Reining In Executive Compensation: A Q&A with Charles Elson

Could HR oversee the end of excessive CEO compensation?

By David Ward Sep 24, 2014
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1014-Cover.jpgThe era of stunningly high CEO pay could soon be coming to an end, suggests University of Delaware finance professor Charles Elson, one of the foremost U.S. authorities on corporate governance issues. He believes that a number of factors—public outrage and shareholder pressure, along with new rules like “say on pay”—will convince many boards of directors that a re-evaluation is in order. And that’s likely to open the door for HR to play a bigger role in executive compensation.

For all the recent commentary over excessive CEO compensation, are many top bosses actually overpaid?

I think they are. Much of it has to do with excessive reliance on the peer system, in which a CEO’s pay is determined by how CEOs at other companies are paid, as opposed to basing it on a company’s internal pay structures.

Things have gotten better in recent years due to increased sensitivity about CEO pay from company boards; stronger interest in CEO compensation from investors; and new rules like “say on pay,” which requires a shareholder vote on executive pay—though that vote is only advisory. But because of this peer system, there’s still this bias toward escalating pay each year, which I think further decouples pay from performance.

Is giving CEOs of public companies stock or stock options a solution in that it links compensation to company performance?

I believe in restricted stock as opposed to options. Options act as an expectancy for upside with no downside risk for the holder. But the worst that can happen is you don’t get what you expected. Restricted stock, however, directly aligns the CEO’s interest with shareholders’. If you do a poor job as CEO, not only do you not get an increase in value, but you lose wealth as the value of your restricted stock holdings fall. Plus, most restricted stock must be held for a long time, so a CEO isn’t tempted to manipulate short-term earnings.

Can HR play a more active role in setting CEO compensation?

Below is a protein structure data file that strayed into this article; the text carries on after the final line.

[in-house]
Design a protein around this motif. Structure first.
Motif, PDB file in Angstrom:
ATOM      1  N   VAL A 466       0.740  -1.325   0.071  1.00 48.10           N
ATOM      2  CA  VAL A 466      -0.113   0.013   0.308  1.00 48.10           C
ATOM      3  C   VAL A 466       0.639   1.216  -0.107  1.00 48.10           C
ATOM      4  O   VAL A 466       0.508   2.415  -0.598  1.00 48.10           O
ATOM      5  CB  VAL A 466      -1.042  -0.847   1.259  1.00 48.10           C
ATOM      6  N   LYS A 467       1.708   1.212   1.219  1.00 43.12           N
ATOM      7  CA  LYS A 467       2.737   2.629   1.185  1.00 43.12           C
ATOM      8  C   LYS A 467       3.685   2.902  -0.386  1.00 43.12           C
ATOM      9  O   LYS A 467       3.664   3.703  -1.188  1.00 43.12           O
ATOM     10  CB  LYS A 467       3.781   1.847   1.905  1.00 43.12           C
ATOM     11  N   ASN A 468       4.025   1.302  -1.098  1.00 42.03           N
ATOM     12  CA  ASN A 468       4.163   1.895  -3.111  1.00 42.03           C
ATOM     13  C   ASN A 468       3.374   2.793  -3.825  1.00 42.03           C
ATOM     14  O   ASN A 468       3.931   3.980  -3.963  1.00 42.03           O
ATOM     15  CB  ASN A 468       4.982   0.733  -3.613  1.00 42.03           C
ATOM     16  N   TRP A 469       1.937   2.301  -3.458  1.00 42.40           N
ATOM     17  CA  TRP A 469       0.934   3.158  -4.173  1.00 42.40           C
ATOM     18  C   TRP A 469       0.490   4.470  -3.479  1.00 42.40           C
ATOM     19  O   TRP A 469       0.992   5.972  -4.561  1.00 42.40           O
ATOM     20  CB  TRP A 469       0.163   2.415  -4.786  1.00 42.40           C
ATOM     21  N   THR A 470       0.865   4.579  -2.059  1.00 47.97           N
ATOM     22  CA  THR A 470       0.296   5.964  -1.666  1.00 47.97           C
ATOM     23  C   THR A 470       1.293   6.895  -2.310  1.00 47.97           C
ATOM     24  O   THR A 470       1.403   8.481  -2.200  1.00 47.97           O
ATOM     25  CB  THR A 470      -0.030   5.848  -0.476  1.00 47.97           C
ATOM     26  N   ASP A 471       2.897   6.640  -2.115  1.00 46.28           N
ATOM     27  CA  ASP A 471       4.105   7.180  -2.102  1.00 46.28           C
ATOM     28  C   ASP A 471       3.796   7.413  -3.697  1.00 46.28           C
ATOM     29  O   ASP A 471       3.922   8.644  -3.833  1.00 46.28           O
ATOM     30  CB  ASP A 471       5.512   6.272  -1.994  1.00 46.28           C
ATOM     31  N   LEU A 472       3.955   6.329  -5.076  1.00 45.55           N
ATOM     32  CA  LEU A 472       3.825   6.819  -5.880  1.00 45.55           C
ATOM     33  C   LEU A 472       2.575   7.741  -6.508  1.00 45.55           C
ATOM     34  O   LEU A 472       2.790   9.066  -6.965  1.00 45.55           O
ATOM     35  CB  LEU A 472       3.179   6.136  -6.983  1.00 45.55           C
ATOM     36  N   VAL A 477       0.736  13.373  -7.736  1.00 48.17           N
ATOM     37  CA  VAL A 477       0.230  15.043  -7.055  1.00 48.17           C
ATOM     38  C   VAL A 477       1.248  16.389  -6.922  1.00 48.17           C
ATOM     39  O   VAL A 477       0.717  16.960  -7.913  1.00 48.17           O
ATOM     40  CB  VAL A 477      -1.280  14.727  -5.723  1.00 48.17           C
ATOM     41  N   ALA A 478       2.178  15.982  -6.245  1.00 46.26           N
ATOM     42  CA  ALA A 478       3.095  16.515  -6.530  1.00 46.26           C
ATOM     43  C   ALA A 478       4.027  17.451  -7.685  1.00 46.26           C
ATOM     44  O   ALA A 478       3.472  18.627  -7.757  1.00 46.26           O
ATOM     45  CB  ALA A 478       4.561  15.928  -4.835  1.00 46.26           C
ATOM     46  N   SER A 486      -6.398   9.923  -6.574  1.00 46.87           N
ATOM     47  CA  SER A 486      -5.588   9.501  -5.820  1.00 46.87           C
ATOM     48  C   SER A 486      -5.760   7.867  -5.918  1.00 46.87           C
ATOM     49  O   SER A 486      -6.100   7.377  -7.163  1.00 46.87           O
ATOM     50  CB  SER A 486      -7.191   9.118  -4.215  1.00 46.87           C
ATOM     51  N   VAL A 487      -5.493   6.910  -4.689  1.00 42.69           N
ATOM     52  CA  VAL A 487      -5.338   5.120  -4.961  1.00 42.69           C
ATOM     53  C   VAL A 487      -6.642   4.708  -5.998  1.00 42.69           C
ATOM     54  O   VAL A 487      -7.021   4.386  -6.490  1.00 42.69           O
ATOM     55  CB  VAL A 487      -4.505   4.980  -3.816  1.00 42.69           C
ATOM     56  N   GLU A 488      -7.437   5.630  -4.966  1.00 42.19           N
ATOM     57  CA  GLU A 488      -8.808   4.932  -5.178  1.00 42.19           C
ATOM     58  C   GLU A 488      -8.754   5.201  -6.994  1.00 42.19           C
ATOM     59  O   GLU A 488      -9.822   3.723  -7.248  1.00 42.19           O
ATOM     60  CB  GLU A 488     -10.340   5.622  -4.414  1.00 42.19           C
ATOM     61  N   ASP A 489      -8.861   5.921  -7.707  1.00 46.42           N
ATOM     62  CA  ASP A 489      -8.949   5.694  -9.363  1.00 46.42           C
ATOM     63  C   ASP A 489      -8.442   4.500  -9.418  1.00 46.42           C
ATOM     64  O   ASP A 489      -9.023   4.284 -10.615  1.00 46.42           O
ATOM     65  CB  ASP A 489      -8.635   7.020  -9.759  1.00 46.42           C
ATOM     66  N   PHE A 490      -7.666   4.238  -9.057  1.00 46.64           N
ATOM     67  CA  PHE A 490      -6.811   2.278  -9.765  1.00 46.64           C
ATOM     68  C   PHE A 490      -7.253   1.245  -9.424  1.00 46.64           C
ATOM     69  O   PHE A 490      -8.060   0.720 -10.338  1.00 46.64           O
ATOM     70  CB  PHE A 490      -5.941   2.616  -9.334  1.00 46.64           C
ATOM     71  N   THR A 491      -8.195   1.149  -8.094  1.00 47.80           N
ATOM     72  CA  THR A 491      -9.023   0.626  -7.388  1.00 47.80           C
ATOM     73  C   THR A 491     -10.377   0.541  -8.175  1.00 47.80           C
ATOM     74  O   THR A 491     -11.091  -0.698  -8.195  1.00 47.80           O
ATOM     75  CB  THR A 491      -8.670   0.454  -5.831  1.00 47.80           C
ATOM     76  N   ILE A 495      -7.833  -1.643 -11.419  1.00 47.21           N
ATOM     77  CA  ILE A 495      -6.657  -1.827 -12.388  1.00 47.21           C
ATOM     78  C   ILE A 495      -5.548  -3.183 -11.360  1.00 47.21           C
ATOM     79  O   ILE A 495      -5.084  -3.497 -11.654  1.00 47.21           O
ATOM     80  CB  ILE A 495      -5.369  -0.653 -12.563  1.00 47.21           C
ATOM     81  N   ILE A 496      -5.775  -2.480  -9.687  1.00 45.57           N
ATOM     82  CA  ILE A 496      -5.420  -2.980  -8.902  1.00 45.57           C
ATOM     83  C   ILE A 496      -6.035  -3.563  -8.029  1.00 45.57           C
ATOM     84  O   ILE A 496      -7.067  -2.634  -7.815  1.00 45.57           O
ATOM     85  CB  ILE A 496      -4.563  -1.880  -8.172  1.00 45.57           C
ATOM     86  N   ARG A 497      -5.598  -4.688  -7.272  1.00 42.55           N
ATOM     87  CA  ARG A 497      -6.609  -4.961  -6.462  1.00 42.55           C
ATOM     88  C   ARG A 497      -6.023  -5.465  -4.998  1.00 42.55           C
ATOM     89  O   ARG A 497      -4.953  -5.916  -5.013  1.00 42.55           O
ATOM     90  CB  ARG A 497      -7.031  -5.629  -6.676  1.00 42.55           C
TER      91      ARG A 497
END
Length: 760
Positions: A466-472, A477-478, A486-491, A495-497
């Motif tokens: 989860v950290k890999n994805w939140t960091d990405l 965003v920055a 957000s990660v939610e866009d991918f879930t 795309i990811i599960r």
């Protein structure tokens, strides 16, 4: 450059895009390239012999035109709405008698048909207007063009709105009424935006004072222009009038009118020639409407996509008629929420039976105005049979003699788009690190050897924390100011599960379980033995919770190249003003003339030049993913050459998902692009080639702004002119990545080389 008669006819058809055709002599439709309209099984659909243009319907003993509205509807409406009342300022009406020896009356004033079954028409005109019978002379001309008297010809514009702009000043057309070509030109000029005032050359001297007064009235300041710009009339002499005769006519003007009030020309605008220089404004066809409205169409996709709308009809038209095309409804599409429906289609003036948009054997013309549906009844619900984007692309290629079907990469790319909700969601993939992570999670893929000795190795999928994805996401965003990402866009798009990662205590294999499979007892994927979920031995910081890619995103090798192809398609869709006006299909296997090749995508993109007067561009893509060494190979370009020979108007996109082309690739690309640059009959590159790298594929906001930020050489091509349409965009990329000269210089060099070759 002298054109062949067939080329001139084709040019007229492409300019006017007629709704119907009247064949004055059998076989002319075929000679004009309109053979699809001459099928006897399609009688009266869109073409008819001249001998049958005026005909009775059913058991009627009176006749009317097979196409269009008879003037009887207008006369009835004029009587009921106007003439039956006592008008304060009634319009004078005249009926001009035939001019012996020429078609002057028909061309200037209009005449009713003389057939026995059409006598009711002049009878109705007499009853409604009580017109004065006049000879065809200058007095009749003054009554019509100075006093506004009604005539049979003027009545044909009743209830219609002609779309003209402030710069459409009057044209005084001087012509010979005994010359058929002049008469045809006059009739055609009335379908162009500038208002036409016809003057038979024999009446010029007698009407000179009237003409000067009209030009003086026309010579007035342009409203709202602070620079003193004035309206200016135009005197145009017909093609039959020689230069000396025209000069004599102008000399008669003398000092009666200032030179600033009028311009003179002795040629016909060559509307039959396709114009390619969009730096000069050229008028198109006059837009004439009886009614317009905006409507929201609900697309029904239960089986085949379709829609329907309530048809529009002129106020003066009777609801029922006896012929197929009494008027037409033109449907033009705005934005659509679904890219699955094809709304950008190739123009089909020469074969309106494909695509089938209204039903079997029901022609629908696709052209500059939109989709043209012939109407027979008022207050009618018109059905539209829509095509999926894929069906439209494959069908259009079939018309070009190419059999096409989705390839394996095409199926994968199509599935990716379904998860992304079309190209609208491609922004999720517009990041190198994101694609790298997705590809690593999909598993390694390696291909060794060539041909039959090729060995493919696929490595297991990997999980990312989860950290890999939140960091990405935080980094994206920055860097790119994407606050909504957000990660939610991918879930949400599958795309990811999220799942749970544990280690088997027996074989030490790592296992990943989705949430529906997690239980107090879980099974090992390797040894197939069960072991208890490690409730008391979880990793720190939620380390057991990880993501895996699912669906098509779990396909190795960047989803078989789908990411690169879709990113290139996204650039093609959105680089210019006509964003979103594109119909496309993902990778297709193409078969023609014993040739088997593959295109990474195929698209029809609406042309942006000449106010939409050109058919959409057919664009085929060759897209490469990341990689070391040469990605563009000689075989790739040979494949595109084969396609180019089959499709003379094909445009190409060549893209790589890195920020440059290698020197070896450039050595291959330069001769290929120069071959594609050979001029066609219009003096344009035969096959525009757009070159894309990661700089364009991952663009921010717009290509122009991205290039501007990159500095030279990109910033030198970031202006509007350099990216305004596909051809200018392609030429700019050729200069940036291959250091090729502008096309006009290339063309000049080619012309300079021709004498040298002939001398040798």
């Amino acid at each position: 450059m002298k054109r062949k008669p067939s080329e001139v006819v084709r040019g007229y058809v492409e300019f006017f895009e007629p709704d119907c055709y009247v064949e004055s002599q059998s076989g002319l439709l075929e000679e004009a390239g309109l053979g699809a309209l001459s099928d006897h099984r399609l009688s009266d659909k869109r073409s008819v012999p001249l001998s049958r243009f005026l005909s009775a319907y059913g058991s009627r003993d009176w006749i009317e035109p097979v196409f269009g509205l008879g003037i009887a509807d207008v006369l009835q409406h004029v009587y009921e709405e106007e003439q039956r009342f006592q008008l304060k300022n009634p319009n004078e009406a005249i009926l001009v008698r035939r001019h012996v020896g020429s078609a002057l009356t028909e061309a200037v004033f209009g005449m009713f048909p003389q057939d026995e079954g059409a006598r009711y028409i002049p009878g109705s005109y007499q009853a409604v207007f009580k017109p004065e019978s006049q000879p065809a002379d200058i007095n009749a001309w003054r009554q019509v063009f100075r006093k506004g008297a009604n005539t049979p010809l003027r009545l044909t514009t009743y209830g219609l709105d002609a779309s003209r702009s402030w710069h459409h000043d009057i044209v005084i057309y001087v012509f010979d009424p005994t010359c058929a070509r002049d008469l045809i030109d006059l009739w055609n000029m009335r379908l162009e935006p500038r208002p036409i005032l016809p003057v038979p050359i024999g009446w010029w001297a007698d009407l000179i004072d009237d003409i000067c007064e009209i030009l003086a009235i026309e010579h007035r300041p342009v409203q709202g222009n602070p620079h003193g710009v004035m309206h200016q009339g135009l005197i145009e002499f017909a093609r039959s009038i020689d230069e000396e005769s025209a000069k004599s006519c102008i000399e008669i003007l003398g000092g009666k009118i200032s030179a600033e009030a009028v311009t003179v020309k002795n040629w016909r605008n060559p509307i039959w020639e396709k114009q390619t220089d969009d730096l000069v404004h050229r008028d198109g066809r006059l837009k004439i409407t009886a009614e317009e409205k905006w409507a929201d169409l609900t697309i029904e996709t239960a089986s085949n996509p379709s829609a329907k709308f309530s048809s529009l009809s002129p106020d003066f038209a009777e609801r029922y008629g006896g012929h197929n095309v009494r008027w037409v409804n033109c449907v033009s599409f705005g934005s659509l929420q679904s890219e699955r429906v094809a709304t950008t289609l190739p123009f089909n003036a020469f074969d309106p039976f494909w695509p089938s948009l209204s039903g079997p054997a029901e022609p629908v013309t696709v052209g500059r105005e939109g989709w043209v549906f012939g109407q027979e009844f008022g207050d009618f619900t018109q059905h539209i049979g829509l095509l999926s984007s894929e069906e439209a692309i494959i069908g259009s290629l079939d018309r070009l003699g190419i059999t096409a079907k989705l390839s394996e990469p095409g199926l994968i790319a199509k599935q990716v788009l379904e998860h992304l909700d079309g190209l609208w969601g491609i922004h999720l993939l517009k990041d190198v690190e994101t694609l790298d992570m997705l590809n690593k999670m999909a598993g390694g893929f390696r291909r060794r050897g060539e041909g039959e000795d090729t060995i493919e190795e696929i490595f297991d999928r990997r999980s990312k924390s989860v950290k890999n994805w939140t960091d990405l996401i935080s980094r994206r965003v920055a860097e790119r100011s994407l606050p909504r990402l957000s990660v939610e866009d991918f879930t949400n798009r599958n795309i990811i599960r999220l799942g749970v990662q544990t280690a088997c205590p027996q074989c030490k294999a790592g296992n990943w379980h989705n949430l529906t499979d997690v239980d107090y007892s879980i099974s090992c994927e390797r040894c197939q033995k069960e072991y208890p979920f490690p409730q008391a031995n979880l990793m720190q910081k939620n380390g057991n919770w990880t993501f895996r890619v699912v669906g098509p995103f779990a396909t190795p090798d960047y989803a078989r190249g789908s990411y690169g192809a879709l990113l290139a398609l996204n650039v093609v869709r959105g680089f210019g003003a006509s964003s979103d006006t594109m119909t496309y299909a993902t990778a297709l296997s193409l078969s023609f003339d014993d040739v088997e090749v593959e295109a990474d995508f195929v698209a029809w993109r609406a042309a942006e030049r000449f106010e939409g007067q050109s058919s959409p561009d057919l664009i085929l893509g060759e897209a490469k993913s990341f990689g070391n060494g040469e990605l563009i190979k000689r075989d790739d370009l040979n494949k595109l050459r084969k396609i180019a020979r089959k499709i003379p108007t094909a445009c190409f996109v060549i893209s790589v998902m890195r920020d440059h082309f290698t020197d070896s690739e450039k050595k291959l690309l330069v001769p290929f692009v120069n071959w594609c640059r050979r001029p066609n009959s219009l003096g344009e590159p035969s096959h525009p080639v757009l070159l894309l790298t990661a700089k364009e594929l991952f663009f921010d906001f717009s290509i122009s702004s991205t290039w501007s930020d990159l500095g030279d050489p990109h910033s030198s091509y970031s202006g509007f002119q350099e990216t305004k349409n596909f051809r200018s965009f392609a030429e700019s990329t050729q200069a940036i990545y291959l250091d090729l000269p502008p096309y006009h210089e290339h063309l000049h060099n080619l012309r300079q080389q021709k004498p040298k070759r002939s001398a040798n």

I think HR will end up playing a great role as companies begin to move away from the peer system toward a more internal-based scheme for determining CEO compensation. HR will have to ensure that the CEO’s pay scheme is consistent with the organization’s compensation philosophy and reflects its values. Moving to an internal scheme will end up being quite a boon for the HR department, which will be responsible for designing the program. That will elevate dramatically the role and responsibility of HR officers.

What can HR do to ensure that executive compensation doesn’t affect the attitude or performance of rank-and-file workers?

Transparency is critical, as is a thoughtful explanation to a company’s investors as to how the CEO compensation scheme is arrived at and why it’s internally consistent and fair relative to the rest of the organization. Remember, the people who most often read the portion of a public company’s proxy that deals with compensation are the employees themselves—and that’s why the proxy has to be designed to effectively explain why the CEO’s pay fits this company’s internal philosophy.

With the economy recovering, do you expect public outrage over excessive CEO compensation to diminish?

I don’t feel the issue is going to go away. The more disparity there is between the pay for CEOs and that of other employees, the greater the concern will be among the rank and file. Companies function well when people believe they are part of a bigger purpose and larger team—and when the leader’s compensation becomes so decoupled from the team philosophy, you’ve got a problem.

David Ward is a freelance journalist based in Southern California.

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